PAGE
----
The current plant siting model for automotive assembly operations and their suppliers usually means that the landing of an automotive final assembly plant will also result in a region receiving more than its fair share of secondary facilities that will supply the plant. Typically the supplier operations create even more jobs for the community than the automotive assembly plant itself. The Southern Automotive Corridor is a prime example of this phenomenon with hundreds of new automotive supplier companies and tens of thousands of new jobs created from Mississippi to South Carolina in the decade following the announcement of BMW in South Carolina, Mercedes, Honda, and Hyundai in Alabama, Nissan in Mississippi, and Kia in Georgia.
However, as a result of the mergers and acquisitions, the need to supply multiple OEM customers in a just-in-time fashion and the demand for cost reductions (as described above) Tier 1 and Tier 2 suppliers are siting new capital investments in more centrally-located communities. Proximity to multiple assembly plants is still one of the greatest determinants in an automotive supplier location, but the suppliers are going to be looking for ways in which they can maximize that investment to serve as many customers as possible.
As the Kia plant in Georgia and the Toyota plant in Tupelo come on line, there will continue to be investments from auto parts companies that are seeking strategic investments to serve multiple plants in the Southeast in a Just-In-Time manner.
Siting Parameters for Auto Suppliers
Sites / Facilities
One thing that is very apparent in this decision is the fact that Automotive Widgets will not have much time to make a decision about where to locate. In today’s negotiation environment between the OEMs and the suppliers, the OEMs generally push the suppliers past the point of being able to realize a Greenfield site. Therefore, Automotive Widgets USA will most likely have to look for a location that has an existing building or a spec building that meets its requirements. At the very least, a community must have a site that is ready for development in order to be successful in recruiting an automotive supplier operation in this environment.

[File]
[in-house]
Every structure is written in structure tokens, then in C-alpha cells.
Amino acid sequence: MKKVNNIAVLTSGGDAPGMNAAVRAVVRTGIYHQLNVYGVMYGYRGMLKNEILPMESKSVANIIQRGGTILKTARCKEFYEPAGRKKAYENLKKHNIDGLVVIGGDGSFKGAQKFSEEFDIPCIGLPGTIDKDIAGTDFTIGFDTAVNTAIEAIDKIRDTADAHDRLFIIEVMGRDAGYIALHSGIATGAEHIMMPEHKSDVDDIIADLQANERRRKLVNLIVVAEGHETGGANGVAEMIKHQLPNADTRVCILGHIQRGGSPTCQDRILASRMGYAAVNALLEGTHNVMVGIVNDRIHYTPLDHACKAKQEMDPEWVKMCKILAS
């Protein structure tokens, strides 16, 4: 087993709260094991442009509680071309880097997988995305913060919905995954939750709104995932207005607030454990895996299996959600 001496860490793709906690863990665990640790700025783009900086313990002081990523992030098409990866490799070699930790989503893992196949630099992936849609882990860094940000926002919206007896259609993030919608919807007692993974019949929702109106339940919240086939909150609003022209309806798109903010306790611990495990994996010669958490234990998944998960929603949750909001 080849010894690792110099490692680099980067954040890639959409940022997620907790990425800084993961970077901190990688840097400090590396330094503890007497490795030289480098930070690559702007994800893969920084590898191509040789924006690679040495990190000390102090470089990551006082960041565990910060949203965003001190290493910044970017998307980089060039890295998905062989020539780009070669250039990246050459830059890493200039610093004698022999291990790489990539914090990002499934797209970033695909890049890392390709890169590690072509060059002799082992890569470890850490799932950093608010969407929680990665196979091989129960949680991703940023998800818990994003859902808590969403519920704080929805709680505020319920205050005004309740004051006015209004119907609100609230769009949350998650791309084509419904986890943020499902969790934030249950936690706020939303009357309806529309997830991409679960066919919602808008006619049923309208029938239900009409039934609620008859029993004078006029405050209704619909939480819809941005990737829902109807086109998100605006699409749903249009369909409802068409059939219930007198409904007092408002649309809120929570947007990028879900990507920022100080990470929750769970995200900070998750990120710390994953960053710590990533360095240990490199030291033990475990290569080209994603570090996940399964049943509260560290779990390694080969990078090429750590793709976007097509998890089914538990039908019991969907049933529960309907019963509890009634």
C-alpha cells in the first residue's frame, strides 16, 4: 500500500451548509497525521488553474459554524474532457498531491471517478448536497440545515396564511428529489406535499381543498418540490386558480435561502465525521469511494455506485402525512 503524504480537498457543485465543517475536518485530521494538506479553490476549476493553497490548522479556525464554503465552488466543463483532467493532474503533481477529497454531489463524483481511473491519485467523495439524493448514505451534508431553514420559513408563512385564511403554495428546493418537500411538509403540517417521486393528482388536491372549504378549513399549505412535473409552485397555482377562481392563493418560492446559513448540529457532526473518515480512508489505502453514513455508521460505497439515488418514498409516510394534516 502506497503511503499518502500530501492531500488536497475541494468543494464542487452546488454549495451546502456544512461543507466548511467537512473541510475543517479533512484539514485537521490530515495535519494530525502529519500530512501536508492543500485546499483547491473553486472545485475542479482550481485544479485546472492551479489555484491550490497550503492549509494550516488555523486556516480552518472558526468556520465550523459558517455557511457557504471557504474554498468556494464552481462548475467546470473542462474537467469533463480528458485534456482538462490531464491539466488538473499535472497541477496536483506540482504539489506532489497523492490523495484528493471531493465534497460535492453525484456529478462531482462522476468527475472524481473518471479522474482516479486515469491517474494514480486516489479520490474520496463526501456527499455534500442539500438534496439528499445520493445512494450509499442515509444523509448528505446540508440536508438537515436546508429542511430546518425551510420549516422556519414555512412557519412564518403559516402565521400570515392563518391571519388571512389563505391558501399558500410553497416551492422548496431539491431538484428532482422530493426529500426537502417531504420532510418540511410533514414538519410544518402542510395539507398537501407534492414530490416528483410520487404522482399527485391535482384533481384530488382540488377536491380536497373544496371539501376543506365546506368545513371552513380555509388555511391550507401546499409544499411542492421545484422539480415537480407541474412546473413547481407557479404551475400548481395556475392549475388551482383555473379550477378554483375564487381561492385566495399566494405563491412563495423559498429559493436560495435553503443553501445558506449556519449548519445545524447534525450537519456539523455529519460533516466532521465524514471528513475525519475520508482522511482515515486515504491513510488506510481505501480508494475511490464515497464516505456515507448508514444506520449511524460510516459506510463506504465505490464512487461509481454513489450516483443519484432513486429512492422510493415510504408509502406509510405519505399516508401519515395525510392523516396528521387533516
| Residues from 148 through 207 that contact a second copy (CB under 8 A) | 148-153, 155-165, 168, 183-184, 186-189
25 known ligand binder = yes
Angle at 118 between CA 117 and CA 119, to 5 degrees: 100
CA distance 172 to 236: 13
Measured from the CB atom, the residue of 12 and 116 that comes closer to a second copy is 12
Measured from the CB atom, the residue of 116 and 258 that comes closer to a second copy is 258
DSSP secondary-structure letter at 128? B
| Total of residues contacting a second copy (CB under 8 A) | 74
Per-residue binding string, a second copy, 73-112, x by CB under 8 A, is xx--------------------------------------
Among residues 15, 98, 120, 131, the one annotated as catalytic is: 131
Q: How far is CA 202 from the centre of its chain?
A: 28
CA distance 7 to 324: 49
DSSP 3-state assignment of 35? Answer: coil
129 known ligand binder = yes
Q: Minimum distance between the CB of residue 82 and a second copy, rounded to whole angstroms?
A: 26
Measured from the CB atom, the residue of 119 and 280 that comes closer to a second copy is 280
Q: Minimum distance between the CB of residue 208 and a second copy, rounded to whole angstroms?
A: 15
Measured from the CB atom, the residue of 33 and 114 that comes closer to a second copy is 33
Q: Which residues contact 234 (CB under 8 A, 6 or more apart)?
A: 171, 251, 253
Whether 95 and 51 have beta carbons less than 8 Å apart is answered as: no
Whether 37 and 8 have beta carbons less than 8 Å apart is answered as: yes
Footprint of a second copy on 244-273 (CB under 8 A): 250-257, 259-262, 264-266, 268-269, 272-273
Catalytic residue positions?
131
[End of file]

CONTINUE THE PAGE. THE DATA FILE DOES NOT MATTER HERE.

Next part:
In general, communities that have taken the time to identify sites that are suitable for development (i.e., environmental assessments are complete) and do the necessary due diligence to ensure that the site can be served by all utilities, will have an important competitive advantage. One potential example, automotive business parks provide a distinct advantage for those suppliers who produce substantial sub-assemblies and have an emphasis on time of delivery considerations.
Tier 1 and Tier 2 suppliers will have to continue to find ways to become more productive in order to meet the competitive demands of the current economic situation. This productivity will come in the form of new innovative processes, information technology, and highly-automated machinery. As such, these facilities will require a dramatically different skill set from a flexible and high-performance workforce.